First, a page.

Grief

GRIEF, GRIEVE (חָלָה, H2703, to be pained, concerned; חֳלִי, H2716, anxiety; עָצַב, H6772, to be afflicted inwardly; λυπέω, G3382, grief). The KJV and the RSV also tr. eight more words as grief. Beyond this agreement, the KJV trs. twenty-seven additional Heb. words and seven other Gr. words as grief that the RSV often treats differently. In all, the KJV has 122 “grief verses” whereas the RSV has but 66. The suggested difficulty in determining what grief means and whether or not a situation entails grief is further indicated in the fact that the two VSS overlap in only twenty-two places.


Changes in the Eng. language, a wider selection of attitudinal categories resulting from rationalistic and dualistic thought, and improved knowledge of the ancient languages account for the sharp variations in the two VSS. But this leaves unsettled a prior question concerning the meaning of grief for the Heb. mind or the NT writer. Undoubtedly, the Biblical writers had experiences similar to those indicated in the RSV and accordingly used a wide variety of words. The prevailing Heb. frame of reference however, would not have led them to use language primarily as a vehicle for categorizing and labeling mental dispositions. Unoriented to 18th and 19th cent. perspectives, as the RSV, the outlook of the KJV tends to reflect more accurately the Heb. notion of grief.

An article in TDNT enhances the discussion. It suggests that the Biblical writers considered the emotions and attitudes only indirectly, and naturally focused attention on the external circumstances in human experience. The cause of the grief was the true grief. Envisaging a world fallen in all detail and under the judgment of God (Gen 3:16f), their perspective went beyond analysis of personal feeling. Grief was related to the groaning in travail of the whole creation as Paul expressed it (Rom 8:22), which reflects a prevailing OT sentiment. Grief, however, was not simply punishment or a final state for man; by including the idea of suffering, it was related to the Messiah (Isa 53:4) who was to be the hope of redemption from the guilt indicated by the universal fact of grief (cf. Isa 35:10; 1 Pet 1:3-7).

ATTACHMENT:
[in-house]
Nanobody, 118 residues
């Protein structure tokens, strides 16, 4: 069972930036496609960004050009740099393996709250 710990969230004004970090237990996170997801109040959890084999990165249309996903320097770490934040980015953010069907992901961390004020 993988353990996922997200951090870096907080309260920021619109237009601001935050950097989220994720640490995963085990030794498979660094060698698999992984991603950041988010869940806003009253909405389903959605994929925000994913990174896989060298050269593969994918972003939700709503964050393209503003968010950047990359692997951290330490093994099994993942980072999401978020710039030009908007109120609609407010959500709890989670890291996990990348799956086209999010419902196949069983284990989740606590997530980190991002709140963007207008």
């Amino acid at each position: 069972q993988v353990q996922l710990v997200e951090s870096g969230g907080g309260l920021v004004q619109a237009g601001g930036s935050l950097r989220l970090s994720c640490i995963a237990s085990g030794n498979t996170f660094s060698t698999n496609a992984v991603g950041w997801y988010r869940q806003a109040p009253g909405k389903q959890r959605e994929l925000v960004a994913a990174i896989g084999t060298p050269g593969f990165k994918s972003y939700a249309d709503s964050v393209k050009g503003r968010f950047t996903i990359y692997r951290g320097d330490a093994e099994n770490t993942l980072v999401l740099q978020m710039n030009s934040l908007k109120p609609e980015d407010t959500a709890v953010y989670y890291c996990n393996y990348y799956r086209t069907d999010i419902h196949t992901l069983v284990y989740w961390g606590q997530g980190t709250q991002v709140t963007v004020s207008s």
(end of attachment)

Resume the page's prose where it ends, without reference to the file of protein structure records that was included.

Bibliography

Trench (1880), 237-239; W. L. Walker, “Grief,” ISBE (1929), 1305, 1306; R. Bultmann, “λυπή, λυπέω,” TDNT, IV (1942), 313-324; R. Bridges, L. A. Weigle, The Bible Word Book (1960), 157, 158.

International Standard Bible Encyclopedia (1915)

gref, grev: There are some 20 Hebrew words translated in the King James Version by "grief," "grieve," "to be grieved," etc. Among the chief are chalah, choli, yaghon, ka`ac, atsabh. They differ, partly, in their physical origin, and partly, in the nature and cause of the feeling expressed. the Revised Version (British and American) in several instances gives effect to this.



The less frequency in the New Testament of words denoting "grief" is significant. Christ came "to comfort all that mourn--to give a garland for ashes, the oil of joy for mourning, the garment of praise for the spirit of heaviness." Christians, however, cannot but feel sorrow and be moved by grief, and it is to be noted that in both the Old Testament and New Testament, God Himself is said to be susceptible to grief.